additional physical problems in adulthood, as well as 19.5% at the age of 5, and in 3751.5% at the age of 7
mental difficulties such as anxiety and depression [15]. [8,21-24]. The prevalence of headache in 715 year-olds
Headaches rank third among illness-related causes of ranges from 26 to 82% [8,23,25]. In the study of head-
school absenteeism and result in substantial functional ache and migraine prevalence in children and adoles-
impairment among pediatric patients [16]. cents conducted by Abu-Arafeh et al. [26], the estimated
These data underline the importance of improving un- prevalence of headache over periods of between one
derstanding of how headache evolves through to adult- month and lifetime was found to be 58.4%, while the
hood, how its clinical features change, and whether it is prevalence of migraine over periods ranging from six
possible to identify prognostic factors that indicate months to lifetime was 7.7%. Bille et al. [2] studied head-
whether a patients condition (frequency and duration of ache prevalence according to age and found the follow-
attacks and symptomatology) is likely to improve, re- ing distribution: 5.9-37.7% at preschool age, 39% at
main unchanged, worsen, evolve into another type of 6 years, and 70% at 15 years, while the findings of Stew-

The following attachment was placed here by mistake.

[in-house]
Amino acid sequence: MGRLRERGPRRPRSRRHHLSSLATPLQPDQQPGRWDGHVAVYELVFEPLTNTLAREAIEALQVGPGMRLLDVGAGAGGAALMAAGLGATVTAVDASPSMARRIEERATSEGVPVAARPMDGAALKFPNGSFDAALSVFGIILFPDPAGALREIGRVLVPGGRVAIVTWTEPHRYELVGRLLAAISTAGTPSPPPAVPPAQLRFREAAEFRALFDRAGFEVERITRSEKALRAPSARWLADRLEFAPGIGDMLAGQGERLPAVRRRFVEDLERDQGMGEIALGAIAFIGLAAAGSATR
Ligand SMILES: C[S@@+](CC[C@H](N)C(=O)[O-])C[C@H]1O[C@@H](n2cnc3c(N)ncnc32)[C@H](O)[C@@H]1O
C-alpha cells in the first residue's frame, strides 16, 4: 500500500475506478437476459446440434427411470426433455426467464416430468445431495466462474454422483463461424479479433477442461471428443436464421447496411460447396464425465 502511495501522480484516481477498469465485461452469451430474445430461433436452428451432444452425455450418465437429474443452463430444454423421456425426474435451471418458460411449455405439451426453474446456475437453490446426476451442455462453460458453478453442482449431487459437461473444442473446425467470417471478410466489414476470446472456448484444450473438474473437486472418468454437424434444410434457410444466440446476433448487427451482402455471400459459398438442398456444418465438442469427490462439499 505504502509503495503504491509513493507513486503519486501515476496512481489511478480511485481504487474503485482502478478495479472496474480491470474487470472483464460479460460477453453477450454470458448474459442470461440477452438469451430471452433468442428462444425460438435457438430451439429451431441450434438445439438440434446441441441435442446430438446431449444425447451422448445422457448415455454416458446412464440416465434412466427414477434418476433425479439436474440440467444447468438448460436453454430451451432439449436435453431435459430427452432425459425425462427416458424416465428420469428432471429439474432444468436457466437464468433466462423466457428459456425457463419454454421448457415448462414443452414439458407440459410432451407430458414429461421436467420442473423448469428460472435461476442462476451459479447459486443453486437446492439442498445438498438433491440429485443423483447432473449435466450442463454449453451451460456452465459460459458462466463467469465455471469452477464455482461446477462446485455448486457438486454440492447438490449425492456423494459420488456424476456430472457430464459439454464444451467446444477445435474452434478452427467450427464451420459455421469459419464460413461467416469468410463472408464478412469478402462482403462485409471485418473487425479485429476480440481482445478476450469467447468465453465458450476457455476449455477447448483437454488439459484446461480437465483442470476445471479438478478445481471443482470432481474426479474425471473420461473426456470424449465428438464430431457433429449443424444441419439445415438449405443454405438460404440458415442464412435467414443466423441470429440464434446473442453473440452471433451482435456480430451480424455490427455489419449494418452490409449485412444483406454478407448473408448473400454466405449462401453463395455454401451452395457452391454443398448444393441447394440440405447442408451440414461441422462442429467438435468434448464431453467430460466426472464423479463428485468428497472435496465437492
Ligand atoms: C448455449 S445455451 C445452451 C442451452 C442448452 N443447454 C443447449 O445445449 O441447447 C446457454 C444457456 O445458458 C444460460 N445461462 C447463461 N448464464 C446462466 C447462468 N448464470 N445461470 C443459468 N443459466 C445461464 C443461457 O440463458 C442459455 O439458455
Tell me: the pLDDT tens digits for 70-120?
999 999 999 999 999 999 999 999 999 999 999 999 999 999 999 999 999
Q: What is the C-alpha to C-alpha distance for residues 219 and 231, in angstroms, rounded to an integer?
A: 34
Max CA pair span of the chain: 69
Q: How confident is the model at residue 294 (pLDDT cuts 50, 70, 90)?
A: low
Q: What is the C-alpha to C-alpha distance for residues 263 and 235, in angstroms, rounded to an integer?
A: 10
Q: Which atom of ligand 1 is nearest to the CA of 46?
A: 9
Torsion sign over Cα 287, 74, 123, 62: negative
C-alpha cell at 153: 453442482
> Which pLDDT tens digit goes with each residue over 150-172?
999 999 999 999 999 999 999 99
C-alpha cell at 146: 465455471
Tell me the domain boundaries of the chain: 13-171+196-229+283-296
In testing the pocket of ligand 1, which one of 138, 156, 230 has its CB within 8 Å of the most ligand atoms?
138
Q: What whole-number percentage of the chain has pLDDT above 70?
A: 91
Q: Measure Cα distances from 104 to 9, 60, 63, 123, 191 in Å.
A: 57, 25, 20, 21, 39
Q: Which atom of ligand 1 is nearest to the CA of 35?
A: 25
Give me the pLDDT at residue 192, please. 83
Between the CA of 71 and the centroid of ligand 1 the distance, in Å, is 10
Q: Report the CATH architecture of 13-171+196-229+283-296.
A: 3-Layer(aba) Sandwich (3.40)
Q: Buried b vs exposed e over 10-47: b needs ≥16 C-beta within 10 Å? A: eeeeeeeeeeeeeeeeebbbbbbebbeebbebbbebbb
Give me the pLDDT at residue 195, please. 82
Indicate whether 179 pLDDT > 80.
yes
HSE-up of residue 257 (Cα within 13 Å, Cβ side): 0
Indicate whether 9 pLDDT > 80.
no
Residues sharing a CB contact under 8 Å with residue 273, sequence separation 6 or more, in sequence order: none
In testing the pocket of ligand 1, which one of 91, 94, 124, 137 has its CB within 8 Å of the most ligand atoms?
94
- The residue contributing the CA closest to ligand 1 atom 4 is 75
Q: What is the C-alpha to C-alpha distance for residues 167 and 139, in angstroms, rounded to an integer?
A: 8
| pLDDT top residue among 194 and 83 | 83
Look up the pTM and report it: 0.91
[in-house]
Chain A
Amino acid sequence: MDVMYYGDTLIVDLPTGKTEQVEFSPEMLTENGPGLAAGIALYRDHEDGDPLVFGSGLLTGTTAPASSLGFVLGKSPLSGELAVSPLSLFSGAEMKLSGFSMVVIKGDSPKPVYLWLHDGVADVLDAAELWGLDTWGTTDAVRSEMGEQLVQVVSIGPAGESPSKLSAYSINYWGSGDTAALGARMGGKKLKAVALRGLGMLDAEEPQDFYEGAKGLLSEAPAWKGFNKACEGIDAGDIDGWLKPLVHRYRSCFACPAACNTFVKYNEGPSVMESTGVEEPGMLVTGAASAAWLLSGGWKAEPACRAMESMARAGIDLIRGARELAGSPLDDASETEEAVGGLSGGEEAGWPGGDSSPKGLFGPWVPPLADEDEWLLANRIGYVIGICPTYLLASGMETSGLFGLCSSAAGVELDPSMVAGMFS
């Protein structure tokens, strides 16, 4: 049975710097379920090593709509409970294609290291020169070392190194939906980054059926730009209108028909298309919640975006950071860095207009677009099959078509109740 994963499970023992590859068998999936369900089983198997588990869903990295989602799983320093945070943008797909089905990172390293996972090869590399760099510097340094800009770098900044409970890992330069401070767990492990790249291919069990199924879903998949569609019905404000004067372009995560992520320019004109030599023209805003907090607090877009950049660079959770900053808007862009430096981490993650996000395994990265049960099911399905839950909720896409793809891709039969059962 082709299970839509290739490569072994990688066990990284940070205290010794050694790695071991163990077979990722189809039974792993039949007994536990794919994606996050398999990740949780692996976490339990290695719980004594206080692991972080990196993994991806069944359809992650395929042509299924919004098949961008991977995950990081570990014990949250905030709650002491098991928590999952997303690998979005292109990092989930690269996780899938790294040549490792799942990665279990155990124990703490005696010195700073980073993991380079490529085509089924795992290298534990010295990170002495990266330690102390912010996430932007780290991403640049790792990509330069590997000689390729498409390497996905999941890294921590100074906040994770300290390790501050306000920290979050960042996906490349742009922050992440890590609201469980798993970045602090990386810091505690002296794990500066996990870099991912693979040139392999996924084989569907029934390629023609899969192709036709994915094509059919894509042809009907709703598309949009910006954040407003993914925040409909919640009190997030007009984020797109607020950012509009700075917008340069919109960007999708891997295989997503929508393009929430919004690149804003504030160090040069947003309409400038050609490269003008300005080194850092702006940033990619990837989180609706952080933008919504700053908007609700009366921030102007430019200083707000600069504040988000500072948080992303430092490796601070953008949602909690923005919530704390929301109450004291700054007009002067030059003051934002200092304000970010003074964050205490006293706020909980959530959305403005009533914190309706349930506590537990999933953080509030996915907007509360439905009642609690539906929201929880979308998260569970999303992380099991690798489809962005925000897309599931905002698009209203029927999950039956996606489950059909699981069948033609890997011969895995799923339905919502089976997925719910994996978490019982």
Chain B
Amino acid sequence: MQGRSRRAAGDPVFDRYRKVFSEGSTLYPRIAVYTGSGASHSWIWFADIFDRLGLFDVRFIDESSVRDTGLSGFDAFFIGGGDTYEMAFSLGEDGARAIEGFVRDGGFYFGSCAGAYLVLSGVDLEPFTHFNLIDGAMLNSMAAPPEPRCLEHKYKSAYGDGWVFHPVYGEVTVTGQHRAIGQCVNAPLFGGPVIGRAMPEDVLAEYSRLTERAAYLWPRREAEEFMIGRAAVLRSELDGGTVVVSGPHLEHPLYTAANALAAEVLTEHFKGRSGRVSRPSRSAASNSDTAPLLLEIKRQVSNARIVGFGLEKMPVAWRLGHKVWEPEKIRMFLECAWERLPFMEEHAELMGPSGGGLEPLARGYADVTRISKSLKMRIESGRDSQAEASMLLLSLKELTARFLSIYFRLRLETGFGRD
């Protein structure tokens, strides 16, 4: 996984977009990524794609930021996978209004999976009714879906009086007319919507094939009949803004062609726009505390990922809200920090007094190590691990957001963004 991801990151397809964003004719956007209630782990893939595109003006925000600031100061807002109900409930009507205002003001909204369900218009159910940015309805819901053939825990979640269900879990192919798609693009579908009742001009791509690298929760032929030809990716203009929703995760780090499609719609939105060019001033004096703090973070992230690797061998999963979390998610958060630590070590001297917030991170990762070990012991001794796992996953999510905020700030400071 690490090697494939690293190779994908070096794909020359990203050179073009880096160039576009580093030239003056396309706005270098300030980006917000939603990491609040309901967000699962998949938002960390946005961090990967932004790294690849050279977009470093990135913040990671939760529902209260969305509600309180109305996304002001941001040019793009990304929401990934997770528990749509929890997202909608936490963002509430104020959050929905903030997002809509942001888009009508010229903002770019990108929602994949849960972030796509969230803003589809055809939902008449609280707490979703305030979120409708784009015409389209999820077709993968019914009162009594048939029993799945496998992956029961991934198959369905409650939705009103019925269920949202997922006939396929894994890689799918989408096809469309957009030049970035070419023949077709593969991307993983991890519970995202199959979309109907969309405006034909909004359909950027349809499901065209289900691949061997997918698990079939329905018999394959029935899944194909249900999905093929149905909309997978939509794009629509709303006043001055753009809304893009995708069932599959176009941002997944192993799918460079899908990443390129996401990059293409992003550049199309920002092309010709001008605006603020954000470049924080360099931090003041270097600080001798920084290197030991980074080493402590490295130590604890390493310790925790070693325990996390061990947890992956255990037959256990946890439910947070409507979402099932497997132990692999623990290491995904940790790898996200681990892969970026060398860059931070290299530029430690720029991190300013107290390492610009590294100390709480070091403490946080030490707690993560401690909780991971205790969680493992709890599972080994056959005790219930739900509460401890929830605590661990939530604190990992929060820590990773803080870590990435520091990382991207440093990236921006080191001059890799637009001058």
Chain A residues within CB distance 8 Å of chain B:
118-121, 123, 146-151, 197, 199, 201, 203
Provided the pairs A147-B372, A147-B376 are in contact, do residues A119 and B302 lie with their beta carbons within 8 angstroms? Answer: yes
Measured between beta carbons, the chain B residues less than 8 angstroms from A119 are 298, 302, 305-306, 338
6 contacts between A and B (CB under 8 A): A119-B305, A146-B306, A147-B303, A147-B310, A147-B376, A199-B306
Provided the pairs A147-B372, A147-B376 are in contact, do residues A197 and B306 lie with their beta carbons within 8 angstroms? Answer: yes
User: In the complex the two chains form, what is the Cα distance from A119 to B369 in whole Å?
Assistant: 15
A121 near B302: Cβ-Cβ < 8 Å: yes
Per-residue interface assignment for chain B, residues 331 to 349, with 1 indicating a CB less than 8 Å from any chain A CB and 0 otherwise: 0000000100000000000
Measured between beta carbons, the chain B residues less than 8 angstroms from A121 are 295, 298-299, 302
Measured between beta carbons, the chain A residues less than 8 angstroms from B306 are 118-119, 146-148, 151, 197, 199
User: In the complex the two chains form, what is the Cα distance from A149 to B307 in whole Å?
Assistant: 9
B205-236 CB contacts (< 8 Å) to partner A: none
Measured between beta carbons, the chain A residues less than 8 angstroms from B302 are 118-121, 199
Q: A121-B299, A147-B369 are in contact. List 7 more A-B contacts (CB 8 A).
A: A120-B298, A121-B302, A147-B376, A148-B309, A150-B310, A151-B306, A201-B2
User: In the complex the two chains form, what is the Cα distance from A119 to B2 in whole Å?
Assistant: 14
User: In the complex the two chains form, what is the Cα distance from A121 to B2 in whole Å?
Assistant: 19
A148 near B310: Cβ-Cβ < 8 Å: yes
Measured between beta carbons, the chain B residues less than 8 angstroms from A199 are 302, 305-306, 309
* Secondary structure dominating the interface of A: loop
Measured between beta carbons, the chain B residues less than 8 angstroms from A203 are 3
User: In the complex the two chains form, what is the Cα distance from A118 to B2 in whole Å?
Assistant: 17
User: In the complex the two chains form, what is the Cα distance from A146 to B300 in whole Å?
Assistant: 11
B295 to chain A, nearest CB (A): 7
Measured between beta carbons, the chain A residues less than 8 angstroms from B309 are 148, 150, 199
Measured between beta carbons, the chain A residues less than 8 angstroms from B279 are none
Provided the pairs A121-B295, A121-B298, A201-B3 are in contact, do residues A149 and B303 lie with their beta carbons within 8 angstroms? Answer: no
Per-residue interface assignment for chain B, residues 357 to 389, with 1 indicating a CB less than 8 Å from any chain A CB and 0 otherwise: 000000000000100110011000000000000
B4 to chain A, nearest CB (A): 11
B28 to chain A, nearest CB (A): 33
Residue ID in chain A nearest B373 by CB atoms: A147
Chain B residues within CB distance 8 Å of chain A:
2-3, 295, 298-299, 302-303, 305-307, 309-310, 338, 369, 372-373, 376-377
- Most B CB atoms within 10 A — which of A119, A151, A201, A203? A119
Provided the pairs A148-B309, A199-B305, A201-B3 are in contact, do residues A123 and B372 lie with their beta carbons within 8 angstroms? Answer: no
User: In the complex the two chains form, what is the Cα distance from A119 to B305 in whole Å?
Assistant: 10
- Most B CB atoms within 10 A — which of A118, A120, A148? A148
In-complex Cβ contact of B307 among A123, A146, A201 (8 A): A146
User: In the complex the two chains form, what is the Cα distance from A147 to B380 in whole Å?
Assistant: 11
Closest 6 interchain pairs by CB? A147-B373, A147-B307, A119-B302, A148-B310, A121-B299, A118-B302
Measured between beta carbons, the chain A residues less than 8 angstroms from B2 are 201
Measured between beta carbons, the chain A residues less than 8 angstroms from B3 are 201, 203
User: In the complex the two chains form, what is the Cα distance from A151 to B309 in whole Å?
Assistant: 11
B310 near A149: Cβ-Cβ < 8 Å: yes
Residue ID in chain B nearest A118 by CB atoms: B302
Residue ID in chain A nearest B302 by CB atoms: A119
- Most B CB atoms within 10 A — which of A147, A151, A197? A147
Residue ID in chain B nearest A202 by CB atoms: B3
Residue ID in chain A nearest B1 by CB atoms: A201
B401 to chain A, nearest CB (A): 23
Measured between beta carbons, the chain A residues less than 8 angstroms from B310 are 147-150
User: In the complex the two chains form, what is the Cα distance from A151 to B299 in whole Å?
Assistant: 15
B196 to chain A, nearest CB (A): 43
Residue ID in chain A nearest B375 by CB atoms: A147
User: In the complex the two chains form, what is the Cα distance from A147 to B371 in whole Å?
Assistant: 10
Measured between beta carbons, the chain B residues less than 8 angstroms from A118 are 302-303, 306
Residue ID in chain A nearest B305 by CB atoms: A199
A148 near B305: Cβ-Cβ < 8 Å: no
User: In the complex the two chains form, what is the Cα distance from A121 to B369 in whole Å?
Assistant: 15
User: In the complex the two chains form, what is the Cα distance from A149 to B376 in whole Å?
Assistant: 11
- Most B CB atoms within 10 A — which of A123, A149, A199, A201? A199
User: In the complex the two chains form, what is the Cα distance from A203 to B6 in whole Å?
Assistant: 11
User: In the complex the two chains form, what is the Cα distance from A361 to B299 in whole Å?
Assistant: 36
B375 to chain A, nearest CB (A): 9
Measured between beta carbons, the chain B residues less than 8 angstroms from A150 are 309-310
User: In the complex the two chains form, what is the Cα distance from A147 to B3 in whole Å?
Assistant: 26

headache, or disappear. art et al. [27] indicated the following age-distributed
The aim of this study was to review all published data, prevalence of migraine: 3% in children between 3
available in the PubMed and Google Scholar databases, 7 years, 4-11% in those aged 711 years, and 8-23% in
relating to the evolution of the clinical features of head- 1115 year olds. In addition, the median age at onset
ache during the transition from childhood to adulthood. was estimated to be 7.2 years in males and 10.9 years in
females. Epidemiological data on TTH in young subjects
Review suggest prevalence rates of between 10 and 24% [9]. The
Methods earliest publications on CH in childhood date back to
We searched the PubMed database for literature published the 1970s [28,29] and in 1980, an interesting description
between 1988 and July 2013 on the evolution of clinical of cluster symptoms in an infant was published [30].
features of headache from childhood to adulthood. The The past decade has seen few published reports on the
search was performed using the following combination of outcome of childhood CH. A study by Lampl et al. [31]
terms: migraine headache OR tension-type headache found childhood onset (1118 years) of CH to have a
OR cluster headache OR trigeminal autonomic cephalal- prevalence of 0-1%.
gias OR paroxysmal hemicranias AND evolution OR Paroxysmal hemicrania (PH) is a rare headache with a
childhood OR adolescence. We also searched Google prevalence of 0.02% [32]. Relatively few pediatric cases have
Scholar, and cross-referenced recent review articles on been reported in the literature. Children as young as 3 years
childhood headache and migraine. Only articles in English of age have reportedly been diagnosed with the disorder